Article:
Rare Woodpecker Hunted in Last-Ditch U.S. Effort

From United Press international

Scientists are scouring some of the South’s oldest and densest forests for the elusive ivory-billed woodpecker before officially declaring one of nature’s most spectacular birds extinct in this country.

Two years into a five-year “last-effort” search, the scientific sleuths have failed to spot the American subspecies of the ivory-bill.

But there have been unconfirmed sightings and tape recordings purportedly of the bird’s distinctive, trumpet-like call, said Jim Lewis, an endangered species biologist with the U.S. Fish and Wildlife Service.


“We’re trying to determine whether any ivory-bills are left in some of the more mature forests in the Southeast,” Lewis said in a telephone interview from his Albuquerque, N.M., office.

The federally funded search is being conducted in areas where the birds (scientific name Campephilus principalis ) were last seen in the mid-1940s.

“Recent studies suggest several remote areas still may harbor this elusive bird,” Lewis said. The areas include the Atchafalaya Basin in Louisiana, the river bottoms of the Altamaha in Georgia, the Yazoo and Pascagoula in Mississippi, the Santee in South Carolina and the Suwannee, Withlacoochee and Ochloconee in Florida.

Nearly three years ago, bird lovers and ornithologists thrilled to the news that at least two ivory-billed woodpeckers had been sighted in a Cuban forest, the first sighting in years of a species many experts had believed extinct.

One of the Cuban sightings was made by Lester Short, chairman of ornithology at the American Museum of Natural History in New York. Short reported that he saw an ivory-billed woodpecker several weeks after Cuban biologists made the first sighting.

Short said he saw a male ivory-bill fleeing a crow, but the bird disappeared in some underbrush before Short could aim his camera.

“I thought, ‘My God, I’ve seen it,’ ” Short was quoted as saying on his return to New York.


Short, a woodpecker authority, had been invited by Cuba to help organize a search for the elusive bird, which had been rumored to exist in northern Guantanamo province.

Word that the ivory-bill, North America’s largest woodpecker, had been sighted in Cuba aroused hope that the bird might someday be reintroduced to the southern United States, where it once flourished.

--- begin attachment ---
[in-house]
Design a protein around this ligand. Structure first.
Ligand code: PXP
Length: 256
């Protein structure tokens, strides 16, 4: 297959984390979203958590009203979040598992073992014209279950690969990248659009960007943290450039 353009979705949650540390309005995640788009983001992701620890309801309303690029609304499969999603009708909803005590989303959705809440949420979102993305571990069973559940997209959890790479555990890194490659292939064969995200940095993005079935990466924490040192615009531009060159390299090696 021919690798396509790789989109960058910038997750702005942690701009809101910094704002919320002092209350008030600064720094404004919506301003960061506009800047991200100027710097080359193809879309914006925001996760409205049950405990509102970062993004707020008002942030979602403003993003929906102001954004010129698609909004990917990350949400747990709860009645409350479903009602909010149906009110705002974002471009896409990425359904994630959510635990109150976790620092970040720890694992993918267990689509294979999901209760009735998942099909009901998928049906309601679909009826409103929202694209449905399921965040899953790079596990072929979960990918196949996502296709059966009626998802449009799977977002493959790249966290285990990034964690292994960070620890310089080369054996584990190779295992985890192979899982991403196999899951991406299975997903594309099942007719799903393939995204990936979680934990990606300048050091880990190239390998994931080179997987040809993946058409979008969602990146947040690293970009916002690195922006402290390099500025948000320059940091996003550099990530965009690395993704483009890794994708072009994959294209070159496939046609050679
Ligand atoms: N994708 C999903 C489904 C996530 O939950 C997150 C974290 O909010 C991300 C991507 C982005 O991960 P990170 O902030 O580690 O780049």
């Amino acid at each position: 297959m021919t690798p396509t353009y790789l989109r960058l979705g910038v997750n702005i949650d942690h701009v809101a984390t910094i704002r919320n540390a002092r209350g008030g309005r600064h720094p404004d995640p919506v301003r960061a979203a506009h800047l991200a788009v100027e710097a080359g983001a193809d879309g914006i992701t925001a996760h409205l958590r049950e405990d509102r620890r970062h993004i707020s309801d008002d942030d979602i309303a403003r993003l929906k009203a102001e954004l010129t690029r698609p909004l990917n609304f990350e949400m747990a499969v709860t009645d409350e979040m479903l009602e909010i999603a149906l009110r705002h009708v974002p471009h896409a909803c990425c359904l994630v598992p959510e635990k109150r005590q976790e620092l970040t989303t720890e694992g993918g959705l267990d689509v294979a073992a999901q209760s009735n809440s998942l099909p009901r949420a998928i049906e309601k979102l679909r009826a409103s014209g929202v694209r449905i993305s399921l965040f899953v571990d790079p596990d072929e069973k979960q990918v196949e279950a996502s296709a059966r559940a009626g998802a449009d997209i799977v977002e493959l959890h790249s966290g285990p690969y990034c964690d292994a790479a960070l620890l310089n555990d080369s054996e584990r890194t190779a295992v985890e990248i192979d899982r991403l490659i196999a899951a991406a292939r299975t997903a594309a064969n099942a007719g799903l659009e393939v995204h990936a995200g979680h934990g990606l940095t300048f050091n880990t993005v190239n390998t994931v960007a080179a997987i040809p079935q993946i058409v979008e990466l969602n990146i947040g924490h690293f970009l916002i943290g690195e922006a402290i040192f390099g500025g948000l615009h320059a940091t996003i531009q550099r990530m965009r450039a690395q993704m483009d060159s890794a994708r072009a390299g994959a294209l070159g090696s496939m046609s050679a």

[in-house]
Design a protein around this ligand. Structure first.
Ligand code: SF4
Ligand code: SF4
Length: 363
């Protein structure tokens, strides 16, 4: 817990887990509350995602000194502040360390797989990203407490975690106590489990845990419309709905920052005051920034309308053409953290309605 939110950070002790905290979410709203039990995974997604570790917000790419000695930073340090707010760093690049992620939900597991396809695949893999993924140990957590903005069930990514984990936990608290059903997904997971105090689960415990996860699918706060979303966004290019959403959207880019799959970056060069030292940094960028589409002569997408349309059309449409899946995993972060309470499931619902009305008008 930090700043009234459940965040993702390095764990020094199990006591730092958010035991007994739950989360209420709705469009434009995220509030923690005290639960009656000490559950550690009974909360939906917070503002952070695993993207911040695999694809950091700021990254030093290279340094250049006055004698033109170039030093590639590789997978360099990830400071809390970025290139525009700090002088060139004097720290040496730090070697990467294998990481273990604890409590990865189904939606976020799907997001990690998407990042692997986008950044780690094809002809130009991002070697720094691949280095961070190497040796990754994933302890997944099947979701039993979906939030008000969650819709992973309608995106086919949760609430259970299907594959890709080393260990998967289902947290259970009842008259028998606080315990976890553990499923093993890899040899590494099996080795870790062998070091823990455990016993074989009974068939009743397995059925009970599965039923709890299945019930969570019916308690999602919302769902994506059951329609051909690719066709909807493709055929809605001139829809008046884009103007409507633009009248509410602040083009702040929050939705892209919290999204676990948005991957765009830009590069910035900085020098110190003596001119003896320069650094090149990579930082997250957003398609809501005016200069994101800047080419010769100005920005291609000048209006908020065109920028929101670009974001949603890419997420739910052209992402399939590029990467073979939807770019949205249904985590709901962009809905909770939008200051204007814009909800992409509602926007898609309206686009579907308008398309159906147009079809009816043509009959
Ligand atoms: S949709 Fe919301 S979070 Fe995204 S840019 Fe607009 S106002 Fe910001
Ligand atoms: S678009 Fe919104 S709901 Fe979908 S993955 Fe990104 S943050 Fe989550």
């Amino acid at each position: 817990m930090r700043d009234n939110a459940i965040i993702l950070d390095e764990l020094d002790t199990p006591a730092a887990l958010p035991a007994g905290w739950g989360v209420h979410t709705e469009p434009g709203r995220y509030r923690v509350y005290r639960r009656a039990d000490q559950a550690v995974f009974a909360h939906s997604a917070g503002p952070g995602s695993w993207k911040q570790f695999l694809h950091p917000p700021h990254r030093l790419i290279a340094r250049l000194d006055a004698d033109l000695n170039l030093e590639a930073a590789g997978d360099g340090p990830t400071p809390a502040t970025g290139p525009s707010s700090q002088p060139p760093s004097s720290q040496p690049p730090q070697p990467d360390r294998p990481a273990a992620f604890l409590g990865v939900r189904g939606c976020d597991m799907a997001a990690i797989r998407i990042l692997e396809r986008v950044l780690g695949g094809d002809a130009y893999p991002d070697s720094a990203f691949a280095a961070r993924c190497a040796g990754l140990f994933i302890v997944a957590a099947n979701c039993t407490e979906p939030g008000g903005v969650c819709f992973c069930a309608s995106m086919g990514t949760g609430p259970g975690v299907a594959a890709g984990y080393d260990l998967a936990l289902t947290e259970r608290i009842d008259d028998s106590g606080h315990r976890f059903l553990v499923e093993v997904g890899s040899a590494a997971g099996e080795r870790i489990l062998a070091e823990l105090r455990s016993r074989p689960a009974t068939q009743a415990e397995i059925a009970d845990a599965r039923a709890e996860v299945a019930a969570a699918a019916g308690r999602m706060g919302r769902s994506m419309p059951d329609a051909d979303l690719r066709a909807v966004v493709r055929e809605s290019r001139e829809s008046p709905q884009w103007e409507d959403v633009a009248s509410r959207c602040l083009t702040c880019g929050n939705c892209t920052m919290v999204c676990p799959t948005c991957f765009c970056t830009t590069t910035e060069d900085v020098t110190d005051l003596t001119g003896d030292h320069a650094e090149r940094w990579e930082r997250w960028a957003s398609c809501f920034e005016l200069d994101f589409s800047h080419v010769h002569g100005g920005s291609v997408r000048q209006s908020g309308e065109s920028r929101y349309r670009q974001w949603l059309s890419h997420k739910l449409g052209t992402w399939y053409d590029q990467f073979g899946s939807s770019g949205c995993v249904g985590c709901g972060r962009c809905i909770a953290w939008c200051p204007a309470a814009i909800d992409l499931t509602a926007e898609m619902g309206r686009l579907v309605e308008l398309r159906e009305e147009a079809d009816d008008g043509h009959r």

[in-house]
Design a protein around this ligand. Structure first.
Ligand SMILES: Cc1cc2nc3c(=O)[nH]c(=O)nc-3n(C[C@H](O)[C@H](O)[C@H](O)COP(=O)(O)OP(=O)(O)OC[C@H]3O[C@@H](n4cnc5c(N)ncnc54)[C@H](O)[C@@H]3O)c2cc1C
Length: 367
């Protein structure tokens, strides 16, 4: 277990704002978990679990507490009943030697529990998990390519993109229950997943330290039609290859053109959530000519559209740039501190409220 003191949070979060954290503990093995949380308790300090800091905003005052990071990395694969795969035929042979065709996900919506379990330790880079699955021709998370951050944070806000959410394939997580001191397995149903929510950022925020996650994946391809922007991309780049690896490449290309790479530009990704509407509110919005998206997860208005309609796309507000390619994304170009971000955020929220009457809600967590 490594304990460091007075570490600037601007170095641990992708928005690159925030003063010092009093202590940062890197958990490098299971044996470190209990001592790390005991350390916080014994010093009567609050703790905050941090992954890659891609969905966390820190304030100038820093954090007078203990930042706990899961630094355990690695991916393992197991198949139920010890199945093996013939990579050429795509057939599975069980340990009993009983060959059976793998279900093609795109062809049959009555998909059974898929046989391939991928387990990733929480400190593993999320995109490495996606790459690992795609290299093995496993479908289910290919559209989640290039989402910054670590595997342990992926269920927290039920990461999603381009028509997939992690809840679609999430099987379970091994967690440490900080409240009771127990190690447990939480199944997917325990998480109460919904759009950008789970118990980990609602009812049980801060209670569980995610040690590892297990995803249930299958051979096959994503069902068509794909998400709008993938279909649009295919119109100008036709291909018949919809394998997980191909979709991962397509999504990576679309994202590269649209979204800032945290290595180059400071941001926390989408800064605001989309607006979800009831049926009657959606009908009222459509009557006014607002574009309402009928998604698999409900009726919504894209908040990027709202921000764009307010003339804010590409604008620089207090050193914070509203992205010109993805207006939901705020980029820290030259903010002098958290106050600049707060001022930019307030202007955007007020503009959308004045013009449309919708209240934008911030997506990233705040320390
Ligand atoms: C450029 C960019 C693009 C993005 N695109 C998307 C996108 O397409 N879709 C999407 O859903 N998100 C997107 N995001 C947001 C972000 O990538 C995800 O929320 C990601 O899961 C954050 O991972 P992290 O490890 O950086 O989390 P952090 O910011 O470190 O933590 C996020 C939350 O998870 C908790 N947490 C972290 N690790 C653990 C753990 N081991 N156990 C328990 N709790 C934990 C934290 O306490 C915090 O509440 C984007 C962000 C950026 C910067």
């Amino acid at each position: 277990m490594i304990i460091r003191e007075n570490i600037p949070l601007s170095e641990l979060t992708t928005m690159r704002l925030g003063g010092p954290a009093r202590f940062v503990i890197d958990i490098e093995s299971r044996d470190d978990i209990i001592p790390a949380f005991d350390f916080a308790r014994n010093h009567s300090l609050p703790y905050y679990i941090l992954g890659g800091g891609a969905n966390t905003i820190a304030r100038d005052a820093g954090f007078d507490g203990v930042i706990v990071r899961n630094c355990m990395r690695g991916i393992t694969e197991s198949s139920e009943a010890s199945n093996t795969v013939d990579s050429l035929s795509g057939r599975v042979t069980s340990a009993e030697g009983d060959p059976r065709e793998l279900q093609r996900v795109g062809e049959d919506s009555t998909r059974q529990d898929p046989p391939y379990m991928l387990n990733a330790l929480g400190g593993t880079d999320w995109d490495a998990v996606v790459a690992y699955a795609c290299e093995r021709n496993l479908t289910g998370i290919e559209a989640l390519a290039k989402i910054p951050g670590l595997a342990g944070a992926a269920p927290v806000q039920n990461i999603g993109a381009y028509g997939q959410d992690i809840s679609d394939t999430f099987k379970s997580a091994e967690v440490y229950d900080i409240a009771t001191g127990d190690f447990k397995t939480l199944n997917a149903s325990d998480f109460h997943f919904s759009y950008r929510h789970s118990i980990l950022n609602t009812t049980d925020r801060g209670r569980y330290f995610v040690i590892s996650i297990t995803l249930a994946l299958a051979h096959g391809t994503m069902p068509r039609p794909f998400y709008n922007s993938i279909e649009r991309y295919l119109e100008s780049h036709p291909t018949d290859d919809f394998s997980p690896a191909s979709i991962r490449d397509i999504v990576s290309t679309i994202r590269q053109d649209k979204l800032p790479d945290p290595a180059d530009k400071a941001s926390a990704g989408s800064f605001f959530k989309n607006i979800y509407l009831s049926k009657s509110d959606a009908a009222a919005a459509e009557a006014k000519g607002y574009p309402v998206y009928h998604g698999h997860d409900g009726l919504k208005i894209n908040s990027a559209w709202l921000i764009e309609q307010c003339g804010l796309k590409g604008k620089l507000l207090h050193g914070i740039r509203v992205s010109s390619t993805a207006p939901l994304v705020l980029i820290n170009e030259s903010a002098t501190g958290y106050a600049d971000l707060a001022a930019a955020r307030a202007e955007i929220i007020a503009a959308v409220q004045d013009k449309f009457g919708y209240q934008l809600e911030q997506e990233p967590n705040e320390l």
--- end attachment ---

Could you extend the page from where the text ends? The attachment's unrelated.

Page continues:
Ivory-bills have shiny black plumage with white stripes down the back and white-tipped wings. Some exceed 20 inches in length. They have large bills the color of pale ivory. Males have a crimson crest on their heads, females a black one.

The wildlife service said the major problem in confirming an ivory-billed woodpecker sighting is its similarity to the slightly smaller pileated woodpecker, which are still common in areas that once harbored ivory-bills.

Because of this similarity, “there have been many false reports of ivory-bill sightings,” the service said, “so many that it has been impossible to investigate all of them.”

It said the single most reliable characteristic of the ivory-bill is the shield of white formed by the white wing feathers of a perched ivory-bill. The back of a perched pileated is solid black.


The famous ornithologist John James Audubon, on a trip down the Mississippi in the early 19th Century, reported often hearing the loud call of the ivory-bill, which sounds like a toy trumpet. But the ivory-bill disappeared along with the vast reaches of old-growth forest in which the bird pecked for beetles.

Short has said that introducing ivory-bills to the United States probably would not be practical for 10 or 20 years because they should first be firmly established in three areas of Cuba to protect the species from extinction.

The wildlife service has asked the public to notify its offices in Atlanta or Albuquerque of any possible sightings of this rarest of the woodpeckers.